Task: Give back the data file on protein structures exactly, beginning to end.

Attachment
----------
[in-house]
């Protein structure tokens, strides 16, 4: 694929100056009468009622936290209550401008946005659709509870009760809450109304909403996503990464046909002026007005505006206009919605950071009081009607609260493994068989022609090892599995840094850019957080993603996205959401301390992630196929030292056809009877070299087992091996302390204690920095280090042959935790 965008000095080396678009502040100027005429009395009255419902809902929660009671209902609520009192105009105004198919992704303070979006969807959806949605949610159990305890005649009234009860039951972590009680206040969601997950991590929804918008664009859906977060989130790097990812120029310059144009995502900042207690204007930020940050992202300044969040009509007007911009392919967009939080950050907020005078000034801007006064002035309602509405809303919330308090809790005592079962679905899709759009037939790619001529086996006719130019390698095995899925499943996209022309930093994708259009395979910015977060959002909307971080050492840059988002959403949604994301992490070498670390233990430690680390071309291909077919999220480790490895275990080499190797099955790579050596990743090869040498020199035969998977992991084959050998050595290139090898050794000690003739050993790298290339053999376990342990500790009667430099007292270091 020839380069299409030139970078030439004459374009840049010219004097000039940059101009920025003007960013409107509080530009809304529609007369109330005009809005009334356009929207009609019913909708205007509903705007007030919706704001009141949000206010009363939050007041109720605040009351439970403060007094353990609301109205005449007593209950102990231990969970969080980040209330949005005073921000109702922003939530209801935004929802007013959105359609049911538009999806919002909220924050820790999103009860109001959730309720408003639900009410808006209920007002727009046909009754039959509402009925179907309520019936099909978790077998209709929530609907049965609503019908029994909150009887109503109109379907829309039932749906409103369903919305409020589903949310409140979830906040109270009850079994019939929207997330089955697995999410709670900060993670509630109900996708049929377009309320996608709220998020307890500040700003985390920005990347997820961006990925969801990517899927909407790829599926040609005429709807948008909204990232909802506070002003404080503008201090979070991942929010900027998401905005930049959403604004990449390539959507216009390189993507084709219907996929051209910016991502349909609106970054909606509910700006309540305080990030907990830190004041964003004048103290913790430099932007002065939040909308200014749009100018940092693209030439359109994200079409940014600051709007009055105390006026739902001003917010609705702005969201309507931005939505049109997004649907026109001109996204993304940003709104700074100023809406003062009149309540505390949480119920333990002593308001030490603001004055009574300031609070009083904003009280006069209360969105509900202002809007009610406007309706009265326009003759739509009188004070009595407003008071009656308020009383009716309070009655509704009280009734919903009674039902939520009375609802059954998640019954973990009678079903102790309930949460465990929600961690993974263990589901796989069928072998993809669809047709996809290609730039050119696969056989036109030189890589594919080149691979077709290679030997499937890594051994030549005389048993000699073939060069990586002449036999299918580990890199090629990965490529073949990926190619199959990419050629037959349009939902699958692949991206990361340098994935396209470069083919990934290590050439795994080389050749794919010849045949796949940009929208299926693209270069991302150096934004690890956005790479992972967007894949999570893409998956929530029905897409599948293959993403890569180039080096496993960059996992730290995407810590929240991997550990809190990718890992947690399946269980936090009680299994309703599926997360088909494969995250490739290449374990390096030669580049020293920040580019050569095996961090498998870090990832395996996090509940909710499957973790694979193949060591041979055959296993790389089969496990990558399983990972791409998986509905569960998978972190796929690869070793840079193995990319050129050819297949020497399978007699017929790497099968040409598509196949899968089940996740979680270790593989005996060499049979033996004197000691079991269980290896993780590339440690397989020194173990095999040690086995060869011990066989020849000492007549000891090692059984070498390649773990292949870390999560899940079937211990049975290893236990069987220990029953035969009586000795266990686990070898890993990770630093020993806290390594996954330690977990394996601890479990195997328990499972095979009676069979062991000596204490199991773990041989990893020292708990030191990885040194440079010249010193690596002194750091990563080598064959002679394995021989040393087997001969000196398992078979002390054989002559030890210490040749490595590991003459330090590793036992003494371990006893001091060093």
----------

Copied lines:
[in-house]
């Protein structure tokens, strides 16, 4: 694929100056009468009622936290209550401008946005659709509870009760809450109304909403996503990464046909002026007005505006206009919605950071009081009607609260493994068989022609090892599995840094850019957080993603996205959401301390992630196929030292056809009877070299087992091996302390204690920095280090042959935790 965008000095080396678009502040100027005429009395009255419902809902929660009671209902609520009192105009105004198919992704303070979006969807959806949605949610159990305890005649009234009860039951972590009680206040969601997950991590929804918008664009859906977060989130790097990812120029310059144009995502900042207690204007930020940050992202300044969040009509007007911009392919967009939080950050907020005078000034801007006064002035309602509405809303919330308090809790005592079962679905899709759009037939790619001529086996006719130019390698095995899925499943996209022309930093994708259009395979910015977060959002909307971080050492840059988002959403949604994301992490070498670390233990430690680390071309291909077919999220480790490895275990080499190797099955790579050596990743090869040498020199035969998977992991084959050998050595290139090898050794000690003739050993790298290339053999376990342990500790009667430099007292270091 020839380069299409030139970078030439004459374009840049010219004097000039940059101009920025003007960013409107509080530009809304529609007369109330005009809005009334356009929207009609019913909708205007509903705007007030919706704001009141949000206010009363939050007041109720605040009351439970403060007094353990609301109205005449007593209950102990231990969970969080980040209330949005005073921000109702922003939530209801935004929802007013959105359609049911538009999806919002909220924050820790999103009860109001959730309720408003639900009410808006209920007002727009046909009754039959509402009925179907309520019936099909978790077998209709929530609907049965609503019908029994909150009887109503109109379907829309039932749906409103369903919305409020589903949310409140979830906040109270009850079994019939929207997330089955697995999410709670900060993670509630109900996708049929377009309320996608709220998020307890500040700003985390920005990347997820961006990925969801990517899927909407790829599926040609005429709807948008909204990232909802506070002003404080503008201090979070991942929010900027998401905005930049959403604004990449390539959507216009390189993507084709219907996929051209910016991502349909609106970054909606509910700006309540305080990030907990830190004041964003004048103290913790430099932007002065939040909308200014749009100018940092693209030439359109994200079409940014600051709007009055105390006026739902001003917010609705702005969201309507931005939505049109997004649907026109001109996204993304940003709104700074100023809406003062009149309540505390949480119920333990002593308001030490603001004055009574300031609070009083904003009280006069209360969105509900202002809007009610406007309706009265326009003759739509009188004070009595407003008071009656308020009383009716309070009655509704009280009734919903009674039902939520009375609802059954998640019954973990009678079903102790309930949460465990929600961690993974263990589901796989069928072998993809669809047709996809290609730039050119696969056989036109030189890589594919080149691979077709290679030997499937890594051994030549005389048993000699073939060069990586002449036999299918580990890199090629990965490529073949990926190619199959990419050629037959349009939902699958692949991206990361340098994935396209470069083919990934290590050439795994080389050749794919010849045949796949940009929208299926693209270069991302150096934004690890956005790479992972967007894949999570893409998956929530029905897409599948293959993403890569180039080096496993960059996992730290995407810590929240991997550990809190990718890992947690399946269980936090009680299994309703599926997360088909494969995250490739290449374990390096030669580049020293920040580019050569095996961090498998870090990832395996996090509940909710499957973790694979193949060591041979055959296993790389089969496990990558399983990972791409998986509905569960998978972190796929690869070793840079193995990319050129050819297949020497399978007699017929790497099968040409598509196949899968089940996740979680270790593989005996060499049979033996004197000691079991269980290896993780590339440690397989020194173990095999040690086995060869011990066989020849000492007549000891090692059984070498390649773990292949870390999560899940079937211990049975290893236990069987220990029953035969009586000795266990686990070898890993990770630093020993806290390594996954330690977990394996601890479990195997328990499972095979009676069979062991000596204490199991773990041989990893020292708990030191990885040194440079010249010193690596002194750091990563080598064959002679394995021989040393087997001969000196398992078979002390054989002559030890210490040749490595590991003459330090590793036992003494371990006893001091060093």